One other thing that sticks out is that when it comes to DEI, Zennify walks the walk. Many companies talk a big DEI game but don’t live up to the hype. Even as I was interviewing, that was still a question mark because you don’t know until you start working at the company. After a few months, I can say it’s the real deal here, and it’s exciting to work for a company like that.
What moments or experiences have shaped your goals and outlook personally and professionally?
Growing up, whenever the media portrayed businesses in movies or on TV, there weren’t a ton of African Americans in those rooms. And so, any time I see a person of color in that corporate setting or as an entrepreneur who’s taken the bull by the horns, it’s very uplifting for me. That’s what has pushed me—I’ve seen it done and can do it too.
There also isn’t a ton of diversity in Nebraska. When I started working, I was often the only African American in a room of white men, and I was the only person of color at Hudl early on. In sports and in business, people haven’t always been nice. A lot of ugly things were said in locker rooms and on the field, where I had to fight through that adversity.
From an influence standpoint, I want my presence in the business world to motivate others and be a catalyst for kids like me to spark something—a belief in themselves.
What’s one thing you want people to know about you?
I am very approachable and love getting to know people. As a former football player, I’m not a small person, so I think that can be intimidating for people who don’t know me very well. But I’m an open book myself and want to hear other people’s stories too.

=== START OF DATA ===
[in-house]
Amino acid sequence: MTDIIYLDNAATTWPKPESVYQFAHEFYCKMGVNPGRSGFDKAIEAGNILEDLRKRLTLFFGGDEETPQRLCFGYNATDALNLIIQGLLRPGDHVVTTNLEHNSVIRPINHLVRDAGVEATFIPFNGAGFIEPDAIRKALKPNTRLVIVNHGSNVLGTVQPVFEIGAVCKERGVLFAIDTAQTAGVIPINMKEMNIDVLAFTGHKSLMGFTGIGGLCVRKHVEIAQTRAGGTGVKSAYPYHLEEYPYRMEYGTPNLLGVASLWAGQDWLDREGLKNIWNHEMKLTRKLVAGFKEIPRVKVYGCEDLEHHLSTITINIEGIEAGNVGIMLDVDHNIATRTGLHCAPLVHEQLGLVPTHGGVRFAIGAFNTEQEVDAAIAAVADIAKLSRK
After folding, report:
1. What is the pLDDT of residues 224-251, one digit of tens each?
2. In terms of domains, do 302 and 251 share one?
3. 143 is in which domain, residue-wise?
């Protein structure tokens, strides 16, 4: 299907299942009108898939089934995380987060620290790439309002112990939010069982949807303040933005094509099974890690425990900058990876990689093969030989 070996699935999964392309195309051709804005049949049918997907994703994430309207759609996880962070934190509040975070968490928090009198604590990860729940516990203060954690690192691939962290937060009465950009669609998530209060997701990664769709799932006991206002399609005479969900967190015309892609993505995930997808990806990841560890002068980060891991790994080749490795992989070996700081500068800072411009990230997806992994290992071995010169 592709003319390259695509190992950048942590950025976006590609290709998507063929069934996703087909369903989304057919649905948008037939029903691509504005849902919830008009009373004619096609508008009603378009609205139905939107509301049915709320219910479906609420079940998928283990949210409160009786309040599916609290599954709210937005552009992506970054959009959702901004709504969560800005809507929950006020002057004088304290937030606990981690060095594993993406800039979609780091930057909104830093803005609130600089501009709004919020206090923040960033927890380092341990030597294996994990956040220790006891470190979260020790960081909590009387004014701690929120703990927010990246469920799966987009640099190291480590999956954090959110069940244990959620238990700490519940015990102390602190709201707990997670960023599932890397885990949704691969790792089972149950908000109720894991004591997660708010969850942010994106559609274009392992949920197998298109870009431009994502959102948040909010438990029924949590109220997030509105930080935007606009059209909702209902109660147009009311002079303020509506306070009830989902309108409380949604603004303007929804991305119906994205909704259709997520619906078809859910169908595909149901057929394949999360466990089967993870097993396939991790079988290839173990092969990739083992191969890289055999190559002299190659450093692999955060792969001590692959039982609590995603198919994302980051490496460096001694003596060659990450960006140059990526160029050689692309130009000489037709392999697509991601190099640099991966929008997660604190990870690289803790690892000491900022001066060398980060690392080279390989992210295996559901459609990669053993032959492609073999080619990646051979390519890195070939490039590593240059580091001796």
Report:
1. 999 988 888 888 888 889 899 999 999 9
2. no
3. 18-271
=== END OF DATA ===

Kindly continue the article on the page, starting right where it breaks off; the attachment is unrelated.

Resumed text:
I want to get to know everyone I work with. Anyone is welcome for bagels and a chat, whether virtual or in person. When you talk to me, I’ll ask a ton of questions about your background, where you’re from, what you like to do on the weekends, etc. because what matters most are the relationships we build with people. That’s how you build trust and camaraderie. I don’t miss the concussions or injuries from football, but I do miss the deep bonds you form with your teammates. So maybe I’m trying to get back to that even in a work setting.
One other thing is that I’m trying to develop a green thumb. I don’t try to kill plants—the opposite, really—so anyone who has any advice, let me know.
If you want to know other cool things, you’ll have to come to talk to me. [laughs]
What do you enjoy most about your role as an engagement manager at Zennify?
Listening. My role is to listen deeply to stakeholders and put the information together in a plan we can execute together. It’s important for me to understand what my PMs are working on, what the developers are building, and what the client needs so I can come into those meetings absolutely prepared.
For me, it’s essential to understand my team members and be able to help them along the way. It’s not about feeding anyone answers but about understanding where they are, where they want to go, and then helping guide them there.
I also love to be challenged, so complex projects with tons of moving parts and contributors are exciting. When we make it to the finish line, we might be tired, but it’s the type of rewarding tiredness that tells me, “job well done.”